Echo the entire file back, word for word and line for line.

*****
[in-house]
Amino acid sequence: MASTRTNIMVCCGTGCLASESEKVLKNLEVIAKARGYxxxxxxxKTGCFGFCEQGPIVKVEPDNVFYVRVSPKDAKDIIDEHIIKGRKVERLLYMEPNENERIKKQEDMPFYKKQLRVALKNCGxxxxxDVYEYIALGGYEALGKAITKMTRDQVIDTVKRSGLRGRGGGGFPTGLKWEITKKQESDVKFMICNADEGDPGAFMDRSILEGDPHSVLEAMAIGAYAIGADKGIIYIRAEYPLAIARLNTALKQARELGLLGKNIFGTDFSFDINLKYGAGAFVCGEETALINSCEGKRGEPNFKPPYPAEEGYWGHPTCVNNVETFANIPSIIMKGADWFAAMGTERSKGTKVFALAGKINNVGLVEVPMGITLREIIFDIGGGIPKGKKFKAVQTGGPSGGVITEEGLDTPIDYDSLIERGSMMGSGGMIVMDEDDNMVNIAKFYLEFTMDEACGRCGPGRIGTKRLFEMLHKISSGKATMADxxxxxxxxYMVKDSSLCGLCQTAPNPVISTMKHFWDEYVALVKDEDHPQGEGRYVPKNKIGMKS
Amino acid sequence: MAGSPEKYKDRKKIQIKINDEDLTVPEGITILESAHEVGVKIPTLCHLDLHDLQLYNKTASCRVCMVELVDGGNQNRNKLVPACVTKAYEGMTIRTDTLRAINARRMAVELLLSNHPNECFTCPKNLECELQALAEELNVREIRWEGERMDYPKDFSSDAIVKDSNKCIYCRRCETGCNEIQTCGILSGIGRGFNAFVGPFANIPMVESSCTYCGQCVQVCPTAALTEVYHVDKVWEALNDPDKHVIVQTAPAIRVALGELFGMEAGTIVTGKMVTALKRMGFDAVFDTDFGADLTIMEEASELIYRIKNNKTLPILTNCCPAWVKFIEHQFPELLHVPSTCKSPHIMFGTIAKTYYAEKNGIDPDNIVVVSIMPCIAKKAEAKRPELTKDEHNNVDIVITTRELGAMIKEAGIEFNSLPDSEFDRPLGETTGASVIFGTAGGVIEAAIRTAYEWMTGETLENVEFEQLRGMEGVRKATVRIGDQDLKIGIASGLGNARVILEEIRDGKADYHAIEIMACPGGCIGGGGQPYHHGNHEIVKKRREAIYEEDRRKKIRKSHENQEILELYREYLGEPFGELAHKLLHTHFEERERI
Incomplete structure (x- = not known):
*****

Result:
[in-house]
Amino acid sequence: MASTRTNIMVCCGTGCLASESEKVLKNLEVIAKARGYxxxxxxxKTGCFGFCEQGPIVKVEPDNVFYVRVSPKDAKDIIDEHIIKGRKVERLLYMEPNENERIKKQEDMPFYKKQLRVALKNCGxxxxxDVYEYIALGGYEALGKAITKMTRDQVIDTVKRSGLRGRGGGGFPTGLKWEITKKQESDVKFMICNADEGDPGAFMDRSILEGDPHSVLEAMAIGAYAIGADKGIIYIRAEYPLAIARLNTALKQARELGLLGKNIFGTDFSFDINLKYGAGAFVCGEETALINSCEGKRGEPNFKPPYPAEEGYWGHPTCVNNVETFANIPSIIMKGADWFAAMGTERSKGTKVFALAGKINNVGLVEVPMGITLREIIFDIGGGIPKGKKFKAVQTGGPSGGVITEEGLDTPIDYDSLIERGSMMGSGGMIVMDEDDNMVNIAKFYLEFTMDEACGRCGPGRIGTKRLFEMLHKISSGKATMADxxxxxxxxYMVKDSSLCGLCQTAPNPVISTMKHFWDEYVALVKDEDHPQGEGRYVPKNKIGMKS
Amino acid sequence: MAGSPEKYKDRKKIQIKINDEDLTVPEGITILESAHEVGVKIPTLCHLDLHDLQLYNKTASCRVCMVELVDGGNQNRNKLVPACVTKAYEGMTIRTDTLRAINARRMAVELLLSNHPNECFTCPKNLECELQALAEELNVREIRWEGERMDYPKDFSSDAIVKDSNKCIYCRRCETGCNEIQTCGILSGIGRGFNAFVGPFANIPMVESSCTYCGQCVQVCPTAALTEVYHVDKVWEALNDPDKHVIVQTAPAIRVALGELFGMEAGTIVTGKMVTALKRMGFDAVFDTDFGADLTIMEEASELIYRIKNNKTLPILTNCCPAWVKFIEHQFPELLHVPSTCKSPHIMFGTIAKTYYAEKNGIDPDNIVVVSIMPCIAKKAEAKRPELTKDEHNNVDIVITTRELGAMIKEAGIEFNSLPDSEFDRPLGETTGASVIFGTAGGVIEAAIRTAYEWMTGETLENVEFEQLRGMEGVRKATVRIGDQDLKIGIASGLGNARVILEEIRDGKADYHAIEIMACPGGCIGGGGQPYHHGNHEIVKKRREAIYEEDRRKKIRKSHENQEILELYREYLGEPFGELAHKLLHTHFEERERI
Incomplete structure (x- = not known):